Developers often face a hard trade-off between the ease and velocity of serverless and the flexibility and portability of containers. This is why most organizations benefit from a full-stack approach, rather than limiting serverless to compute functions.
Advantages and disadvantages of serverless computing
The advantages of serverless computing include:
- Cost-effective - Users and developers just have to pay for the time that code is running on a serverless compute platform. They don’t have to pay for virtual machines sitting idle.
- Easy to deploy - Developers can deploy apps in hours or days rather than weeks or months.
- Auto scaling - Cloud providers handle the scaling up or spinning down when the code’s not running.
- Increased developer productivity - Developers can spend most of their time writing and developing apps, instead of dealing with servers and runtimes.
Disadvantages of serverless computing include:
- Vendor lock-in - Switching cloud providers may be difficult since the way serverless services are delivered may differ from one vendor to another.
- Not efficient for long-running apps - Sometimes using long tasks can cost much more than running a workload on a virtual machine or dedicated server.
- Latency - There is a delay in the time it takes for a scalable serverless platform to handle a function for the first time, often known as a cold start.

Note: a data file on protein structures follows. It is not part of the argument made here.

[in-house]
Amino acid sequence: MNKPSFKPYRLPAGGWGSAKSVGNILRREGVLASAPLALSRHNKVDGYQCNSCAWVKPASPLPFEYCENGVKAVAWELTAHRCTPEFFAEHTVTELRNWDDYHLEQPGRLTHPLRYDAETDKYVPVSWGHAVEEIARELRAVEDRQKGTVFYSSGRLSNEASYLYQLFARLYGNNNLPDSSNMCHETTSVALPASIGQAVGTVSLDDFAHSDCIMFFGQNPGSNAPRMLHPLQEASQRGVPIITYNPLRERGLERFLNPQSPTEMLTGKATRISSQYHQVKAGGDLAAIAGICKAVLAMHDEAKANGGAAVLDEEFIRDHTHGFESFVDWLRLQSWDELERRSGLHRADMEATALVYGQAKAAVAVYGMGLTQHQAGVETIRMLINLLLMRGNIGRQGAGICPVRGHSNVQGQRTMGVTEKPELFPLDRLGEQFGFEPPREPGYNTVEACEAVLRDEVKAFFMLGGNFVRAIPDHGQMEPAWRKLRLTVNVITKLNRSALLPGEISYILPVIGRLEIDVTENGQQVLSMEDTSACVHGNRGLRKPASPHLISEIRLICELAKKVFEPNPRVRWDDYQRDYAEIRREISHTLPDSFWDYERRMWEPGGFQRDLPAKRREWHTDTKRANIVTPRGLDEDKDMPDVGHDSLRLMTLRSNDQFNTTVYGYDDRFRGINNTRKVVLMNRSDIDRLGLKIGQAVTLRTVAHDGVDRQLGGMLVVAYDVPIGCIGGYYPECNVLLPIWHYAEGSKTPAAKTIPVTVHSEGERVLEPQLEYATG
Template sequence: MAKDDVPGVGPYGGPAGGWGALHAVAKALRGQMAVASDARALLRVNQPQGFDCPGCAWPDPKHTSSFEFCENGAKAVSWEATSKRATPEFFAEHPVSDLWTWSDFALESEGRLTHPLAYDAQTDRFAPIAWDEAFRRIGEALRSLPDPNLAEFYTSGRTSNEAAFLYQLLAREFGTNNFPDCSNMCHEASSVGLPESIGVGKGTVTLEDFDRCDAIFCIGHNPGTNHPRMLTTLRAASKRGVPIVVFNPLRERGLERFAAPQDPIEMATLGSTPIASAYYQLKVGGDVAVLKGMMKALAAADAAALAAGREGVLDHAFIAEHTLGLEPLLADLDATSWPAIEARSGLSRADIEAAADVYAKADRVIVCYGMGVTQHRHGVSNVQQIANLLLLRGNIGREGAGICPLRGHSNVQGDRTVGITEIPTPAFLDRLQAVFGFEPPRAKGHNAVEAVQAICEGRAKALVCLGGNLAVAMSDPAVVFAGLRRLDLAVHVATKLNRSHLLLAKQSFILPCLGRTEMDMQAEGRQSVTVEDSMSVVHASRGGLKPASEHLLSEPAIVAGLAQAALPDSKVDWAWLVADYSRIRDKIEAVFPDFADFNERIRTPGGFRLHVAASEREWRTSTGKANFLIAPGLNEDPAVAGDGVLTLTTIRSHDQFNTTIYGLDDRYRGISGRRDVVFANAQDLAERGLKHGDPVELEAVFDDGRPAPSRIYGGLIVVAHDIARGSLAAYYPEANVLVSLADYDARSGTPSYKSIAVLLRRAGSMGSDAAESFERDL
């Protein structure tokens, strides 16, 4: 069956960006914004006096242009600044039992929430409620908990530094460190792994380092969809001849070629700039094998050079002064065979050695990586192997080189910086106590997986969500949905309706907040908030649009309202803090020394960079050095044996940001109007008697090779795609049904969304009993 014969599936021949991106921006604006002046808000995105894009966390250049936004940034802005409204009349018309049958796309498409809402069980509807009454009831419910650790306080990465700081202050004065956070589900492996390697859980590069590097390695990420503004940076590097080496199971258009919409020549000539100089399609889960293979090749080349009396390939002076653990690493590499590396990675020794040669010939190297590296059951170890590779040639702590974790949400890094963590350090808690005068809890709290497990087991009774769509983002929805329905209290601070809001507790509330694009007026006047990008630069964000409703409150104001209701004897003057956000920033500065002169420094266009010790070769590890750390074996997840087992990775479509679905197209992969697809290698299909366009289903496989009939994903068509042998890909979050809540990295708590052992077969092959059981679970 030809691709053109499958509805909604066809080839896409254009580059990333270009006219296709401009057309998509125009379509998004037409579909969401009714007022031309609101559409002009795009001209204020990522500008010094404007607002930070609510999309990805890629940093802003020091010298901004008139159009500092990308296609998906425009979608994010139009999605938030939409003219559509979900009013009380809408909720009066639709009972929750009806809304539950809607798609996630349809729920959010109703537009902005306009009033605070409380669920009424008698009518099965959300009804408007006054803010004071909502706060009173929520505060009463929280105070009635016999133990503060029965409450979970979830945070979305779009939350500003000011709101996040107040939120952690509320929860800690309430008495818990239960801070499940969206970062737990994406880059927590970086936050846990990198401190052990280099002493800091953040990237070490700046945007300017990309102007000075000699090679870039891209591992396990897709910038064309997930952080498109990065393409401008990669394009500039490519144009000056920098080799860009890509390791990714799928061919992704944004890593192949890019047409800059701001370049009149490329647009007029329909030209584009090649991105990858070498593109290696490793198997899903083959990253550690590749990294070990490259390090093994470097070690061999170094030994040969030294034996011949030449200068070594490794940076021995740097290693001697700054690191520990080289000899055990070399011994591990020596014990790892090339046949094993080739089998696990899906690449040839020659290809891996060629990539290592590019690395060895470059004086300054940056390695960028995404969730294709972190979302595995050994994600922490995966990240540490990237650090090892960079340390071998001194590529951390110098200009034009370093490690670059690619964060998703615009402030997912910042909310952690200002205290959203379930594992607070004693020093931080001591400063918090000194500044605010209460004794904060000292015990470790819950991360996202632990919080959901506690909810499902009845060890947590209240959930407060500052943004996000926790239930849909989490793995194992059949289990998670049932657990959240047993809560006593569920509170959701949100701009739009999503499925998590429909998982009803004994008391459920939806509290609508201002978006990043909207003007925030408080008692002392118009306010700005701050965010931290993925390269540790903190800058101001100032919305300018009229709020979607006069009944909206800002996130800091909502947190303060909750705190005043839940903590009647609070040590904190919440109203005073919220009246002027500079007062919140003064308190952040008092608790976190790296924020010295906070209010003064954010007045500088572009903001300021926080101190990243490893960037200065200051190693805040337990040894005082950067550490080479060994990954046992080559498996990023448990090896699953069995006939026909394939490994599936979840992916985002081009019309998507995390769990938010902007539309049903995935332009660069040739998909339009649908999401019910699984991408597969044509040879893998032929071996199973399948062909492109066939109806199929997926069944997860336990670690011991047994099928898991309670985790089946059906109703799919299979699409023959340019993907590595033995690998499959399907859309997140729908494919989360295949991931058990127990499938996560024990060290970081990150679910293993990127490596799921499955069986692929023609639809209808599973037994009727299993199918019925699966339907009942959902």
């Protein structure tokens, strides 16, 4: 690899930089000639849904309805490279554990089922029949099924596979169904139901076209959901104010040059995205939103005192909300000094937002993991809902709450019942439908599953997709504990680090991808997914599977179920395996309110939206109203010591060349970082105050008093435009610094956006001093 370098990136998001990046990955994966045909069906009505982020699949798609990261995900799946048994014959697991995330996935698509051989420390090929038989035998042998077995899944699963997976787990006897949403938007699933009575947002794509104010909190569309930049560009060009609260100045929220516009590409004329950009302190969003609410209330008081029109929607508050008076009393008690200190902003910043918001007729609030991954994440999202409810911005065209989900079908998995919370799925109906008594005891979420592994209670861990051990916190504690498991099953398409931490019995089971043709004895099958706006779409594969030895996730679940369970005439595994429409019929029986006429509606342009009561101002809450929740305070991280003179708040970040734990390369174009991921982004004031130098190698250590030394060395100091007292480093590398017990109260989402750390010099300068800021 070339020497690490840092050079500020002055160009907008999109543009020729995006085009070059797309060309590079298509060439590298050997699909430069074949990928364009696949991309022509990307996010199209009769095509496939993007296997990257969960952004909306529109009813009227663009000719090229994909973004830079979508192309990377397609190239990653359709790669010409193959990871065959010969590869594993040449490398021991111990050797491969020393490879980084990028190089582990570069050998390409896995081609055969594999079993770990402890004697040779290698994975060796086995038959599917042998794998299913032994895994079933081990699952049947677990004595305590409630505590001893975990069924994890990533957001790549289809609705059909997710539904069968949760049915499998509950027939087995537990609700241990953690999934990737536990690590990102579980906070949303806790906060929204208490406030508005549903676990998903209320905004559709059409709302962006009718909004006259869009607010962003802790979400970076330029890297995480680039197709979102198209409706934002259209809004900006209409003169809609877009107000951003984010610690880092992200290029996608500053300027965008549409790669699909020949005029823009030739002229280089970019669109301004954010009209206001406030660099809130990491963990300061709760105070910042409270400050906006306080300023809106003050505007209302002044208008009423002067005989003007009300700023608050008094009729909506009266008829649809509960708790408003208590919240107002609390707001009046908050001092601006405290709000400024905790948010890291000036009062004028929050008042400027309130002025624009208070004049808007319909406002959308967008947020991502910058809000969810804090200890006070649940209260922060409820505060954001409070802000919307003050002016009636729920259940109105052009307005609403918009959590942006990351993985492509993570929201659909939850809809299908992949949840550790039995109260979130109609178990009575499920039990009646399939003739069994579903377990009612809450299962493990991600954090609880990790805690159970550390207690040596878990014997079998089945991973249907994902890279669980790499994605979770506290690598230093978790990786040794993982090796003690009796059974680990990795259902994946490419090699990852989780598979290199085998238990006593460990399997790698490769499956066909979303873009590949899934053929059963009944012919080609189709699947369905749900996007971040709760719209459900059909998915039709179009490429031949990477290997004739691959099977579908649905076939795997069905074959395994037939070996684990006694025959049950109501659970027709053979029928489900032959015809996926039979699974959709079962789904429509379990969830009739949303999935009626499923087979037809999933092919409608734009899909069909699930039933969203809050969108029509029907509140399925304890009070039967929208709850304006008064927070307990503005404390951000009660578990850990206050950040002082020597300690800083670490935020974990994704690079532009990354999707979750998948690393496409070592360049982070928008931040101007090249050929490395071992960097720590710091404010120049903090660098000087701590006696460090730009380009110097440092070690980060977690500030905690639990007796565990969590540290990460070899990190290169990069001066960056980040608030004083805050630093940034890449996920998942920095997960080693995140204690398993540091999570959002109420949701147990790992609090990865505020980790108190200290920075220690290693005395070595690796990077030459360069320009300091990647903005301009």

- Debugging is more difficult - Because a serverless instance creates a new version of itself each time it spins up, it’s hard to amass the data needed to debug and fix a serverless function.
Serverless computing use cases
There are number of use cases for serverless computing, including:
- Event-triggered computing - For scenarios that involve numerous devices accessing various file types, such as mobile phones and PCs uploading videos, text files and images.
- Internet of things (IoT) data processing - Serverless computing provides a way to combine and analyze data from a variety of devices and then trigger the desired events, offering a highly functional, less expensive way to manage IoT.
- Backend tasks for mobile apps or websites - A serverless function can take a request, such as for information from a user database, from the front end of the site or application, retrieve the information and hand it back to the front end.
- High volume background processes - Serverless can be used to transfer data to long-term storage, convert, process and analyze the data and move metrics to an analytics service.
Serverless computing vendors and languages
The major serverless computing vendors include:
There are a number of tools from third-party vendors that developers can use when they’re working with serverless computing, including:
- LambCI - A package that can be uploaded to AWS Lambda to bring continuous integration (CI) to serverless.
- Clay - A registry for microservices that can be used to instantly create an HTTPS
- Gordon - An open source platform that lets developers create, wire and deploy AWS Lambda functions using CloudFormation.
- Back& - A single platform that lets developers run multi-cloud and serverless applications. It provides database as a service (DBaaS), function as a service (FaaS), security as a service (SaaS) and integration as a service (IaaS).